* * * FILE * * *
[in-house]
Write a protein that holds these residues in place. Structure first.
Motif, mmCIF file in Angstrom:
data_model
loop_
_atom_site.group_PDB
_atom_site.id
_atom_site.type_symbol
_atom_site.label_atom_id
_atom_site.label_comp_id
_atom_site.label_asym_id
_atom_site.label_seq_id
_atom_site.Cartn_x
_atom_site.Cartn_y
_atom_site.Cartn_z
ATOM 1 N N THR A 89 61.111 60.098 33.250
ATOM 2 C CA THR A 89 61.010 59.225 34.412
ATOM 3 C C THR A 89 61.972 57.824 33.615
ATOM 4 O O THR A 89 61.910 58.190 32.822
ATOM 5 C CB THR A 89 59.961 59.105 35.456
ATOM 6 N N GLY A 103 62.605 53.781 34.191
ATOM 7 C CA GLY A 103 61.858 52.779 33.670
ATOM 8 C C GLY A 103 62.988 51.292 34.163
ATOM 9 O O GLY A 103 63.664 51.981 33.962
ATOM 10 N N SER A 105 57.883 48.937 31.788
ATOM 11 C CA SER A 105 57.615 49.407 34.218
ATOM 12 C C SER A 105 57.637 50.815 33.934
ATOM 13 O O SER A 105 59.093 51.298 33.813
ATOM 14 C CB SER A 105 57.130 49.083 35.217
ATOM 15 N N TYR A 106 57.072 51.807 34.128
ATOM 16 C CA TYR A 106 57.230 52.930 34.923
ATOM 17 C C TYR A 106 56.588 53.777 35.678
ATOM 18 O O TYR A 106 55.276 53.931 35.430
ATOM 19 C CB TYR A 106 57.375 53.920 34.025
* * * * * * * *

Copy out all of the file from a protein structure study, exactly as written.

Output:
[in-house]
Write a protein that holds these residues in place. Structure first.
Motif, mmCIF file in Angstrom:
data_model
loop_
_atom_site.group_PDB
_atom_site.id
_atom_site.type_symbol
_atom_site.label_atom_id
_atom_site.label_comp_id
_atom_site.label_asym_id
_atom_site.label_seq_id
_atom_site.Cartn_x
_atom_site.Cartn_y
_atom_site.Cartn_z
ATOM 1 N N THR A 89 61.111 60.098 33.250
ATOM 2 C CA THR A 89 61.010 59.225 34.412
ATOM 3 C C THR A 89 61.972 57.824 33.615
ATOM 4 O O THR A 89 61.910 58.190 32.822
ATOM 5 C CB THR A 89 59.961 59.105 35.456
ATOM 6 N N GLY A 103 62.605 53.781 34.191
ATOM 7 C CA GLY A 103 61.858 52.779 33.670
ATOM 8 C C GLY A 103 62.988 51.292 34.163
ATOM 9 O O GLY A 103 63.664 51.981 33.962
ATOM 10 N N SER A 105 57.883 48.937 31.788
ATOM 11 C CA SER A 105 57.615 49.407 34.218
ATOM 12 C C SER A 105 57.637 50.815 33.934
ATOM 13 O O SER A 105 59.093 51.298 33.813
ATOM 14 C CB SER A 105 57.130 49.083 35.217
ATOM 15 N N TYR A 106 57.072 51.807 34.128
ATOM 16 C CA TYR A 106 57.230 52.930 34.923
ATOM 17 C C TYR A 106 56.588 53.777 35.678
ATOM 18 O O TYR A 106 55.276 53.931 35.430
ATOM 19 C CB TYR A 106 57.375 53.920 34.025